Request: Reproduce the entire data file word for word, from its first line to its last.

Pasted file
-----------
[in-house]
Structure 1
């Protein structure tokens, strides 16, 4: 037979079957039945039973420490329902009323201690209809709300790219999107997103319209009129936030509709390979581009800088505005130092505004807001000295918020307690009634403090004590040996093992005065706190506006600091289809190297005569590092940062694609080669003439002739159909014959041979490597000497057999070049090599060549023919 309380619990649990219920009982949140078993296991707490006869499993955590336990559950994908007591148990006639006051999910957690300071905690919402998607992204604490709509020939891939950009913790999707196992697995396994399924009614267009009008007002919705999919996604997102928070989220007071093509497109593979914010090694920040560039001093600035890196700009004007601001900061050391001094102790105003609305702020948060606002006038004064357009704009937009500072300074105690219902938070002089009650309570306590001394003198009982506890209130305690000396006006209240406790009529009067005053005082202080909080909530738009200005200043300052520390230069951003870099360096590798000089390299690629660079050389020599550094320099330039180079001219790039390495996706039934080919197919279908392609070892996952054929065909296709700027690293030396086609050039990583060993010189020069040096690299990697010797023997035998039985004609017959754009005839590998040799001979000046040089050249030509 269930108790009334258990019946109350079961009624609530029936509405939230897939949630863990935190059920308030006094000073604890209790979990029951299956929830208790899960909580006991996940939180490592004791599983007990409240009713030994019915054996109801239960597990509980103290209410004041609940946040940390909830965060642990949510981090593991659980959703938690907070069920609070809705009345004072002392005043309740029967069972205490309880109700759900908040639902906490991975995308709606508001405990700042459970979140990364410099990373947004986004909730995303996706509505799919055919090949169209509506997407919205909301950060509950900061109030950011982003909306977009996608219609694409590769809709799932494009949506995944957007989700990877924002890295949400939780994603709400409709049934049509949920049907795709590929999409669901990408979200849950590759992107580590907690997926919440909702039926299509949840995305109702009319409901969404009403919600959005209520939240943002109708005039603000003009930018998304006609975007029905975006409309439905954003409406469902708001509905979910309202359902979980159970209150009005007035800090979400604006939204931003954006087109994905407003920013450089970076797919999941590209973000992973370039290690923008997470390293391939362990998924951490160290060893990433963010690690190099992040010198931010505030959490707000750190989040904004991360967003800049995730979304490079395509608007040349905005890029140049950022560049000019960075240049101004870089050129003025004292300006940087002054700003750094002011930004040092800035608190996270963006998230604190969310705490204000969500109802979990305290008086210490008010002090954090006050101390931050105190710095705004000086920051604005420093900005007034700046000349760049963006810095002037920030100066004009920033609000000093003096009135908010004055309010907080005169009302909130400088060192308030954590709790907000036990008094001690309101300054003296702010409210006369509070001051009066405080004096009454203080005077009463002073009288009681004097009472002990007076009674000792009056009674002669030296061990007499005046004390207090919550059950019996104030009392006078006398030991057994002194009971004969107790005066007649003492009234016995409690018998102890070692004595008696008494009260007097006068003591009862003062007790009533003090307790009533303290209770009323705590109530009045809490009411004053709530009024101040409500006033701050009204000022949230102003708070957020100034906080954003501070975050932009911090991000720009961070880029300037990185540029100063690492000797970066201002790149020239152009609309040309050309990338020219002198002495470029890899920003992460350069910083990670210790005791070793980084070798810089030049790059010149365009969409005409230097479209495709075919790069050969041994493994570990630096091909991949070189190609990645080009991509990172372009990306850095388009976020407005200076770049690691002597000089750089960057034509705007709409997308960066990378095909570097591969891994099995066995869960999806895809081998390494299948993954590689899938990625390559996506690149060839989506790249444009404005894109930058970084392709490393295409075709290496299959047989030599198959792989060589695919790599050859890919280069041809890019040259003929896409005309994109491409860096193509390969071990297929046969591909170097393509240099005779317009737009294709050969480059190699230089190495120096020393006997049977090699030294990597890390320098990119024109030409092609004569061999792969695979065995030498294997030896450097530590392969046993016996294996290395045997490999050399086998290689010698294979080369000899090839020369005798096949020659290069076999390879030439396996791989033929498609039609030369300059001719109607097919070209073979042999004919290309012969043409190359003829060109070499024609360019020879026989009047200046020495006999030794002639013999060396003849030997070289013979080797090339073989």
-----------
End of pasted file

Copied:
[in-house]
Structure 1
């Protein structure tokens, strides 16, 4: 037979079957039945039973420490329902009323201690209809709300790219999107997103319209009129936030509709390979581009800088505005130092505004807001000295918020307690009634403090004590040996093992005065706190506006600091289809190297005569590092940062694609080669003439002739159909014959041979490597000497057999070049090599060549023919 309380619990649990219920009982949140078993296991707490006869499993955590336990559950994908007591148990006639006051999910957690300071905690919402998607992204604490709509020939891939950009913790999707196992697995396994399924009614267009009008007002919705999919996604997102928070989220007071093509497109593979914010090694920040560039001093600035890196700009004007601001900061050391001094102790105003609305702020948060606002006038004064357009704009937009500072300074105690219902938070002089009650309570306590001394003198009982506890209130305690000396006006209240406790009529009067005053005082202080909080909530738009200005200043300052520390230069951003870099360096590798000089390299690629660079050389020599550094320099330039180079001219790039390495996706039934080919197919279908392609070892996952054929065909296709700027690293030396086609050039990583060993010189020069040096690299990697010797023997035998039985004609017959754009005839590998040799001979000046040089050249030509 269930108790009334258990019946109350079961009624609530029936509405939230897939949630863990935190059920308030006094000073604890209790979990029951299956929830208790899960909580006991996940939180490592004791599983007990409240009713030994019915054996109801239960597990509980103290209410004041609940946040940390909830965060642990949510981090593991659980959703938690907070069920609070809705009345004072002392005043309740029967069972205490309880109700759900908040639902906490991975995308709606508001405990700042459970979140990364410099990373947004986004909730995303996706509505799919055919090949169209509506997407919205909301950060509950900061109030950011982003909306977009996608219609694409590769809709799932494009949506995944957007989700990877924002890295949400939780994603709400409709049934049509949920049907795709590929999409669901990408979200849950590759992107580590907690997926919440909702039926299509949840995305109702009319409901969404009403919600959005209520939240943002109708005039603000003009930018998304006609975007029905975006409309439905954003409406469902708001509905979910309202359902979980159970209150009005007035800090979400604006939204931003954006087109994905407003920013450089970076797919999941590209973000992973370039290690923008997470390293391939362990998924951490160290060893990433963010690690190099992040010198931010505030959490707000750190989040904004991360967003800049995730979304490079395509608007040349905005890029140049950022560049000019960075240049101004870089050129003025004292300006940087002054700003750094002011930004040092800035608190996270963006998230604190969310705490204000969500109802979990305290008086210490008010002090954090006050101390931050105190710095705004000086920051604005420093900005007034700046000349760049963006810095002037920030100066004009920033609000000093003096009135908010004055309010907080005169009302909130400088060192308030954590709790907000036990008094001690309101300054003296702010409210006369509070001051009066405080004096009454203080005077009463002073009288009681004097009472002990007076009674000792009056009674002669030296061990007499005046004390207090919550059950019996104030009392006078006398030991057994002194009971004969107790005066007649003492009234016995409690018998102890070692004595008696008494009260007097006068003591009862003062007790009533003090307790009533303290209770009323705590109530009045809490009411004053709530009024101040409500006033701050009204000022949230102003708070957020100034906080954003501070975050932009911090991000720009961070880029300037990185540029100063690492000797970066201002790149020239152009609309040309050309990338020219002198002495470029890899920003992460350069910083990670210790005791070793980084070798810089030049790059010149365009969409005409230097479209495709075919790069050969041994493994570990630096091909991949070189190609990645080009991509990172372009990306850095388009976020407005200076770049690691002597000089750089960057034509705007709409997308960066990378095909570097591969891994099995066995869960999806895809081998390494299948993954590689899938990625390559996506690149060839989506790249444009404005894109930058970084392709490393295409075709290496299959047989030599198959792989060589695919790599050859890919280069041809890019040259003929896409005309994109491409860096193509390969071990297929046969591909170097393509240099005779317009737009294709050969480059190699230089190495120096020393006997049977090699030294990597890390320098990119024109030409092609004569061999792969695979065995030498294997030896450097530590392969046993016996294996290395045997490999050399086998290689010698294979080369000899090839020369005798096949020659290069076999390879030439396996791989033929498609039609030369300059001719109607097919070209073979042999004919290309012969043409190359003829060109070499024609360019020879026989009047200046020495006999030794002639013999060396003849030997070289013979080797090339073989």